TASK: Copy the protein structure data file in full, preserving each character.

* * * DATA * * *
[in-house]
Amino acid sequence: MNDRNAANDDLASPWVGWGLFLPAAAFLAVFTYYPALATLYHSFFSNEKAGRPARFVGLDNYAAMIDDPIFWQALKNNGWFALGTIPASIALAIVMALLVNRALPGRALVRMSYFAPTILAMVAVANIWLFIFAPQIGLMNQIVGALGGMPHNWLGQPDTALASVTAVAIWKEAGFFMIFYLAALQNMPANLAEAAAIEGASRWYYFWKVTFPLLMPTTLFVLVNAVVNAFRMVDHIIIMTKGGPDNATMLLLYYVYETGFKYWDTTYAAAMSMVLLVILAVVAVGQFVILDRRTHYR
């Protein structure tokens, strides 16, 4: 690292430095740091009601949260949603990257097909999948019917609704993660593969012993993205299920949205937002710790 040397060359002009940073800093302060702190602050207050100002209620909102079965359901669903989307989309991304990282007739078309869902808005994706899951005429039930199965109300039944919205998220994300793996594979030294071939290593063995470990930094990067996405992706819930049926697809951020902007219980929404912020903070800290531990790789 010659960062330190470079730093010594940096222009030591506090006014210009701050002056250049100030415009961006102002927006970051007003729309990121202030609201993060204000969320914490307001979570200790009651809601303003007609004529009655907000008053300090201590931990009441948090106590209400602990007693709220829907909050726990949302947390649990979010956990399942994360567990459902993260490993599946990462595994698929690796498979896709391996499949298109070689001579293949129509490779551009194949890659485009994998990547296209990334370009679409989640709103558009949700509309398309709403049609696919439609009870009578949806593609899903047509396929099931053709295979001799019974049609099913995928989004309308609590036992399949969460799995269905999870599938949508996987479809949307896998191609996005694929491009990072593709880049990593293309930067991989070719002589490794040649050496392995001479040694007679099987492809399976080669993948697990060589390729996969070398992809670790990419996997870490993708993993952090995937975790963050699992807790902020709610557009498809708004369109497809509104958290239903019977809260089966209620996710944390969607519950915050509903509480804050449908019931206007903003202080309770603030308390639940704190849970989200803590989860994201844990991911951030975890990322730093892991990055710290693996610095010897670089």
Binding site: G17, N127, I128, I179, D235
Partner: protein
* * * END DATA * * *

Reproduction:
[in-house]
Amino acid sequence: MNDRNAANDDLASPWVGWGLFLPAAAFLAVFTYYPALATLYHSFFSNEKAGRPARFVGLDNYAAMIDDPIFWQALKNNGWFALGTIPASIALAIVMALLVNRALPGRALVRMSYFAPTILAMVAVANIWLFIFAPQIGLMNQIVGALGGMPHNWLGQPDTALASVTAVAIWKEAGFFMIFYLAALQNMPANLAEAAAIEGASRWYYFWKVTFPLLMPTTLFVLVNAVVNAFRMVDHIIIMTKGGPDNATMLLLYYVYETGFKYWDTTYAAAMSMVLLVILAVVAVGQFVILDRRTHYR
């Protein structure tokens, strides 16, 4: 690292430095740091009601949260949603990257097909999948019917609704993660593969012993993205299920949205937002710790 040397060359002009940073800093302060702190602050207050100002209620909102079965359901669903989307989309991304990282007739078309869902808005994706899951005429039930199965109300039944919205998220994300793996594979030294071939290593063995470990930094990067996405992706819930049926697809951020902007219980929404912020903070800290531990790789 010659960062330190470079730093010594940096222009030591506090006014210009701050002056250049100030415009961006102002927006970051007003729309990121202030609201993060204000969320914490307001979570200790009651809601303003007609004529009655907000008053300090201590931990009441948090106590209400602990007693709220829907909050726990949302947390649990979010956990399942994360567990459902993260490993599946990462595994698929690796498979896709391996499949298109070689001579293949129509490779551009194949890659485009994998990547296209990334370009679409989640709103558009949700509309398309709403049609696919439609009870009578949806593609899903047509396929099931053709295979001799019974049609099913995928989004309308609590036992399949969460799995269905999870599938949508996987479809949307896998191609996005694929491009990072593709880049990593293309930067991989070719002589490794040649050496392995001479040694007679099987492809399976080669993948697990060589390729996969070398992809670790990419996997870490993708993993952090995937975790963050699992807790902020709610557009498809708004369109497809509104958290239903019977809260089966209620996710944390969607519950915050509903509480804050449908019931206007903003202080309770603030308390639940704190849970989200803590989860994201844990991911951030975890990322730093892991990055710290693996610095010897670089």
Binding site: G17, N127, I128, I179, D235
Partner: protein